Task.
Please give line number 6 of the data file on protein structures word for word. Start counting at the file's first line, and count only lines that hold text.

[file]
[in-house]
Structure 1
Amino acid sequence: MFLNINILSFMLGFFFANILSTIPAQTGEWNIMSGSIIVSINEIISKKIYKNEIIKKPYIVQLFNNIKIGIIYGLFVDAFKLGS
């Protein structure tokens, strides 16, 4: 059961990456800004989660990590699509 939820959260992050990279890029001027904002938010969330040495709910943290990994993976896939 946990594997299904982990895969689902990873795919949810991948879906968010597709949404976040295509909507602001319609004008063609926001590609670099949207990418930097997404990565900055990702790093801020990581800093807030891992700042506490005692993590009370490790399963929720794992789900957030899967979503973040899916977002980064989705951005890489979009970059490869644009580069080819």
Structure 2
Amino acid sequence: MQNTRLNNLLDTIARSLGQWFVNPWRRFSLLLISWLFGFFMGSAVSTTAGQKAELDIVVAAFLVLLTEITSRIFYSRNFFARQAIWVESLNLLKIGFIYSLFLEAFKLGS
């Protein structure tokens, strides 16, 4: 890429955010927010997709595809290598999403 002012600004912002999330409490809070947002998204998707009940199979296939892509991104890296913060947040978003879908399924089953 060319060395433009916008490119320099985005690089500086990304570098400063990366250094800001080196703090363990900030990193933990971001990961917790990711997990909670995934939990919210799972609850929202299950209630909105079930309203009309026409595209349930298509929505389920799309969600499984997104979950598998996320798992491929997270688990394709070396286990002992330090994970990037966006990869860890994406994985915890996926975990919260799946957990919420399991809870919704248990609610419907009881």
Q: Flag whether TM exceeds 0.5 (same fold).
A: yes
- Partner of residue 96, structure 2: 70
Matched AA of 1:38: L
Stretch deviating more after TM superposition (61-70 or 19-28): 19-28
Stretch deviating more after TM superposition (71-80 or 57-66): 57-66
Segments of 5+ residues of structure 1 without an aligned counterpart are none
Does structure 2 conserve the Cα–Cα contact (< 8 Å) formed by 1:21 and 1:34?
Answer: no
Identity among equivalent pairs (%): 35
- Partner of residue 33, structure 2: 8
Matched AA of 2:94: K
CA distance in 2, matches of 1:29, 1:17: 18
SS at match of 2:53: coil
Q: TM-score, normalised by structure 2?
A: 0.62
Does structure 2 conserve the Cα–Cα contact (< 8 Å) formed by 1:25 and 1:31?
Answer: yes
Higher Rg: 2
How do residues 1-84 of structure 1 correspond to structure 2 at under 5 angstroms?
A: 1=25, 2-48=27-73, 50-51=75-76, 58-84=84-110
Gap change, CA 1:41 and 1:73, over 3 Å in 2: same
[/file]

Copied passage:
Amino acid sequence: MQNTRLNNLLDTIARSLGQWFVNPWRRFSLLLISWLFGFFMGSAVSTTAGQKAELDIVVAAFLVLLTEITSRIFYSRNFFARQAIWVESLNLLKIGFIYSLFLEAFKLGS